Budgeting Personal Finance Saving

Automate Your Life– and Save Time and Money

Eric Rosenberg
Written by Eric Rosenberg

Turning over control of your money to computers might sound like an odd concept, but doing so can actually save you time and money! Humans can easily forget bills, make mistakes, and ignore savings and investments. Over the years, this could be the difference between financial success and heaps of fees and paycheck-to-paycheck stress.

When you automate your money, your cash flows through a system you define every month without lifting a finger. Things like emergency savings, retirement investments, student loan payoffs, and credit card payments can happen on paydays and due dates without ever writing a check or having to remember to click a button. Follow along to learn why you should automate your money and how to get started.

What does it mean to automate your finances?

Automating your finances doesn’t require an advanced degree or knowledge of code. It just means logging into your online banking and setting up recurring payments and transfers using existing tools your bank already gives you for free!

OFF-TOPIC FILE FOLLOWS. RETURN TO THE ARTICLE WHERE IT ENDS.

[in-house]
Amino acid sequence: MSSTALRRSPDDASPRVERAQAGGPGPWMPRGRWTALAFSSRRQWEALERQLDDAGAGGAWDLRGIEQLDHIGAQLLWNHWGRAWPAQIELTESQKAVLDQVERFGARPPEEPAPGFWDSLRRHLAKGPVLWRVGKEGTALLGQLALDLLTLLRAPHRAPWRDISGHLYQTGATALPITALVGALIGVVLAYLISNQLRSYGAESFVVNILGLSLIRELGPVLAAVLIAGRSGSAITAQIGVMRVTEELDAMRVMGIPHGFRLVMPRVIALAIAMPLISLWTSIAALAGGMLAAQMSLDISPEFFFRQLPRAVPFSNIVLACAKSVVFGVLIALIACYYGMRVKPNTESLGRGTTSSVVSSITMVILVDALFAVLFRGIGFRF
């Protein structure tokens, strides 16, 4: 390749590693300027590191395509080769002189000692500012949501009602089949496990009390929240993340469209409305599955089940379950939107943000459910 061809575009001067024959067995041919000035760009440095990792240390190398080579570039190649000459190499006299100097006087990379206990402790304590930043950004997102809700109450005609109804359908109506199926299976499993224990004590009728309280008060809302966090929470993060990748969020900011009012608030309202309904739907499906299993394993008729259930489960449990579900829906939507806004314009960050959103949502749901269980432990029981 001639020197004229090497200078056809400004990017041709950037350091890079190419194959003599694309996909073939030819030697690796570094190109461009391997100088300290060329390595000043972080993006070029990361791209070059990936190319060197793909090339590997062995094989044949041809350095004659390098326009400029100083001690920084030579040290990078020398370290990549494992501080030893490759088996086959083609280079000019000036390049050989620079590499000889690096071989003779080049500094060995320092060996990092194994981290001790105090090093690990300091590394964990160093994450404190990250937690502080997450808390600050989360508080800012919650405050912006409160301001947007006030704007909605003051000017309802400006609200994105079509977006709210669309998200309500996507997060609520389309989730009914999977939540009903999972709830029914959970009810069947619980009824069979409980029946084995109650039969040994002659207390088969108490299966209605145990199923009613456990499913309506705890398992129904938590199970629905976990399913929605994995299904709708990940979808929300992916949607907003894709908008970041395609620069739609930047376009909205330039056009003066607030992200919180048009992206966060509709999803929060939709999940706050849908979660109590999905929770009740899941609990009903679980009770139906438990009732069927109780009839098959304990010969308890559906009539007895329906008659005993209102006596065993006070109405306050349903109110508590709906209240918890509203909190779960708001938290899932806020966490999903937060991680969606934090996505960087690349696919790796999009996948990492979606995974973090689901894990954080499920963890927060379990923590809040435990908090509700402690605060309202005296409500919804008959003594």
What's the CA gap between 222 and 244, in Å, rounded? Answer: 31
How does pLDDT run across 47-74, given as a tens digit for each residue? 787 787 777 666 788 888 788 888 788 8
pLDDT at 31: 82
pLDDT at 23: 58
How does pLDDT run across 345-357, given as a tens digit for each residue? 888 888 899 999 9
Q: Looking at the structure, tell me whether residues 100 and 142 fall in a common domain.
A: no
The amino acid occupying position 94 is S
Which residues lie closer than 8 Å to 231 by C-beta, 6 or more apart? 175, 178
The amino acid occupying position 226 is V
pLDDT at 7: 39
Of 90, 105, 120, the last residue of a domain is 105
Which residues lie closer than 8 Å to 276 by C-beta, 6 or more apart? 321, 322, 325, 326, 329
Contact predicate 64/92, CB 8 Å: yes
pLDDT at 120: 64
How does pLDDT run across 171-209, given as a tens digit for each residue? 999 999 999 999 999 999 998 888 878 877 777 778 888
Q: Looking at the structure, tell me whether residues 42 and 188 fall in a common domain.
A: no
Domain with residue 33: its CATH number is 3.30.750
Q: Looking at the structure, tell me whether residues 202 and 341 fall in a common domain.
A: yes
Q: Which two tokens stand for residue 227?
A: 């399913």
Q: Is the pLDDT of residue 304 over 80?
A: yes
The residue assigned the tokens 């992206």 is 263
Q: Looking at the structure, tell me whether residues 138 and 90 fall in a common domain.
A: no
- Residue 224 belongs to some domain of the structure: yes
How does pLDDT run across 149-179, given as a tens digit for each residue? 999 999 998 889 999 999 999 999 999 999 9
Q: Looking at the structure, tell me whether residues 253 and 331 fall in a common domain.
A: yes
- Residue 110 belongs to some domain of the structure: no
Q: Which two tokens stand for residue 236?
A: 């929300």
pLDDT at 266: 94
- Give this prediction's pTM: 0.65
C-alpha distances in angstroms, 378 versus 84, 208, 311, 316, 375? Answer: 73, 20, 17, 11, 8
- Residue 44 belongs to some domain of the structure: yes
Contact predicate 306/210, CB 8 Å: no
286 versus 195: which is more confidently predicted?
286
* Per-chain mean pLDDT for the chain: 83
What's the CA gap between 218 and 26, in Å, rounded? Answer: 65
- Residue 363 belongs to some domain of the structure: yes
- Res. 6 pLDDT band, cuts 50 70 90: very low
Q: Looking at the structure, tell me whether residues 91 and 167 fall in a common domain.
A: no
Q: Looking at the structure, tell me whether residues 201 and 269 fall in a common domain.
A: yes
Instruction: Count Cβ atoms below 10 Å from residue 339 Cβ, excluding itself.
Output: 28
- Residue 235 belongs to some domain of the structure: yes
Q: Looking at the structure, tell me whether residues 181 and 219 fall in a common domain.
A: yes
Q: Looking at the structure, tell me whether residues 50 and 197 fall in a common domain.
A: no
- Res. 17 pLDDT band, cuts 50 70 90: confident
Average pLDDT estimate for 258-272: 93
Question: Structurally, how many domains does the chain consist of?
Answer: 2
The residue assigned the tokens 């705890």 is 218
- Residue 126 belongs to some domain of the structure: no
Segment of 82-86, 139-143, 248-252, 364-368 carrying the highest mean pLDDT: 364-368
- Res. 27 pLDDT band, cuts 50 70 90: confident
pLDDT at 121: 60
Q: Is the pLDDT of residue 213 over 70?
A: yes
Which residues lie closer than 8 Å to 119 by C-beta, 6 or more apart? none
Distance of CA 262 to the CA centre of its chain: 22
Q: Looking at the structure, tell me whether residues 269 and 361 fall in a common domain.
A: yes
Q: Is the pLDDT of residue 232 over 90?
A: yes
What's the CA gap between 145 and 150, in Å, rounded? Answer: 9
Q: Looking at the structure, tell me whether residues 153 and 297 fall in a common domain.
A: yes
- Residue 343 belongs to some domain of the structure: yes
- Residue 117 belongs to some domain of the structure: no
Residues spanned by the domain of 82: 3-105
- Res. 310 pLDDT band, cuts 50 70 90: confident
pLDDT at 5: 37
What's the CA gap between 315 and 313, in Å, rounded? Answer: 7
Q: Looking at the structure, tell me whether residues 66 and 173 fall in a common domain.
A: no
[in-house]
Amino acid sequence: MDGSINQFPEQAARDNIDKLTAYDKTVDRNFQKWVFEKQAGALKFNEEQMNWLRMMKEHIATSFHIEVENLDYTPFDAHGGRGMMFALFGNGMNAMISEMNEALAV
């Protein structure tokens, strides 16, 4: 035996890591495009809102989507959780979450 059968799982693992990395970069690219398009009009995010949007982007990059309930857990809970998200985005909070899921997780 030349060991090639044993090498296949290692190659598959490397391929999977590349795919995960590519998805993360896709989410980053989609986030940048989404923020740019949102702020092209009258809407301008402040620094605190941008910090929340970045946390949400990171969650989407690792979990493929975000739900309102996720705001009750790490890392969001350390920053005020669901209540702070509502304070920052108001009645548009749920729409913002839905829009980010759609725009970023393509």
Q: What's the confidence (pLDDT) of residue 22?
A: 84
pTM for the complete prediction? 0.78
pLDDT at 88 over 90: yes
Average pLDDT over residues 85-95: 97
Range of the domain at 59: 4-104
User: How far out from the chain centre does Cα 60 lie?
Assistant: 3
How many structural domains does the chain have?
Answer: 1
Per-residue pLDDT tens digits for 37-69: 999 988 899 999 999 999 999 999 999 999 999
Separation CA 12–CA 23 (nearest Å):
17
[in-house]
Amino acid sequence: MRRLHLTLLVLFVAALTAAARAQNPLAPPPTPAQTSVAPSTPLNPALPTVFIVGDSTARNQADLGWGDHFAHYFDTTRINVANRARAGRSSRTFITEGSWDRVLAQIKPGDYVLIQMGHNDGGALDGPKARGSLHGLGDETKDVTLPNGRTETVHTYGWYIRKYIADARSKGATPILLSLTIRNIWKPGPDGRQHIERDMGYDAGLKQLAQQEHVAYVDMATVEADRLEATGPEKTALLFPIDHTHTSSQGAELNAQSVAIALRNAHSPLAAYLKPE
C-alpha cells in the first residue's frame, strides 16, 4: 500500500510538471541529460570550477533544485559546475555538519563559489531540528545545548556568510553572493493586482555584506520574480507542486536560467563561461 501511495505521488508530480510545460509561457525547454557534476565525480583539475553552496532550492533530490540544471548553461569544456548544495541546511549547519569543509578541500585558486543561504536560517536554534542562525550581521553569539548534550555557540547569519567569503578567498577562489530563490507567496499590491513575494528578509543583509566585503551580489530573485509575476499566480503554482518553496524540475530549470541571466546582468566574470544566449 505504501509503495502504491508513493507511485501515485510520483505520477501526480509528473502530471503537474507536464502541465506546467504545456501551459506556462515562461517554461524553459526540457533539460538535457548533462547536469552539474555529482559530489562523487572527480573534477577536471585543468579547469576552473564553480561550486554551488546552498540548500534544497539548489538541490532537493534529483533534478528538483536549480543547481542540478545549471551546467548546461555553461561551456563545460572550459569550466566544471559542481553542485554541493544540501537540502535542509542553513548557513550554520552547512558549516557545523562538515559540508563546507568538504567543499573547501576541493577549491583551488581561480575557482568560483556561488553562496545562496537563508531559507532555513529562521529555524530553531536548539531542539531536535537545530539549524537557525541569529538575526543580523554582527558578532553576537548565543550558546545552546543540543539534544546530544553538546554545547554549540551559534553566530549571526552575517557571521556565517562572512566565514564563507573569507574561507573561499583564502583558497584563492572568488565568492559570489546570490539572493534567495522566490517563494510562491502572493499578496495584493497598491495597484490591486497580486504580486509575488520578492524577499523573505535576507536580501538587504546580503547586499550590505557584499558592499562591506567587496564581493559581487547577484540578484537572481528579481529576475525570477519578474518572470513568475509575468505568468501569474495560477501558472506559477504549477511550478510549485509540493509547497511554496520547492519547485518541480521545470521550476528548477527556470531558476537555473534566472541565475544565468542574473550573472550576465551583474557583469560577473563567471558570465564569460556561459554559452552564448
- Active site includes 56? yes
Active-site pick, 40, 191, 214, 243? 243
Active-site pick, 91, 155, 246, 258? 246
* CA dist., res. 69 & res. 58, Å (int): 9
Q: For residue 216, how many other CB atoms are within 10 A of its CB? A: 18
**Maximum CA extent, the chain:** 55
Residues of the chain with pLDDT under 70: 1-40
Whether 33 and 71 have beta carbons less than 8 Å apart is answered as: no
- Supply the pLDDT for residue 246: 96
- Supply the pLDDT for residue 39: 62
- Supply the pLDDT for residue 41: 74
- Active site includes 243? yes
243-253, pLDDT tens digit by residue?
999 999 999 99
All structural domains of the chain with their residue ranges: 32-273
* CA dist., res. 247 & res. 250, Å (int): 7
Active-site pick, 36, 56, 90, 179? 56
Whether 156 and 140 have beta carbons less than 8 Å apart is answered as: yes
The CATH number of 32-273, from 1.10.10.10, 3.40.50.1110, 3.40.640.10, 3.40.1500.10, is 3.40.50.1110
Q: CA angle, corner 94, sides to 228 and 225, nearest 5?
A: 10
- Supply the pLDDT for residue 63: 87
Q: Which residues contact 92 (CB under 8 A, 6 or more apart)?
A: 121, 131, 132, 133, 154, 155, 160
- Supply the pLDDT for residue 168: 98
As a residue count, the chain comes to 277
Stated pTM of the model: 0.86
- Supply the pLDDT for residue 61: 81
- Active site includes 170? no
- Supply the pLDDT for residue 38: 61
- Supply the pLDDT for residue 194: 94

Most banks give you the ability to set up recurring transfers to internal or external accounts. You can create transfers to send on payday, weekly, monthly, or any other schedule you choose that your bank supports.

If your bank doesn’t have automated transfer tools, consider moving to a new bank. This is standard stuff in the 2010s and beyond, and something every quality financial institution offers to personal banking customers at no extra cost.

Outside of your bank account, you can set up some automated payments at investment and biller websites too. In the next sections, we will dive into the “how to” for getting your automated personal finances working for you.

How to automate savings

Automated savings are great for things like emergency funds, down payment funds, vacation funds, holiday gift funds, wedding savings funds, and any other cash-based savings you can think up. The more you save, the more you have for a rainy day or a future goal.

There are three great ways to automate your savings depending on where and how you want to save: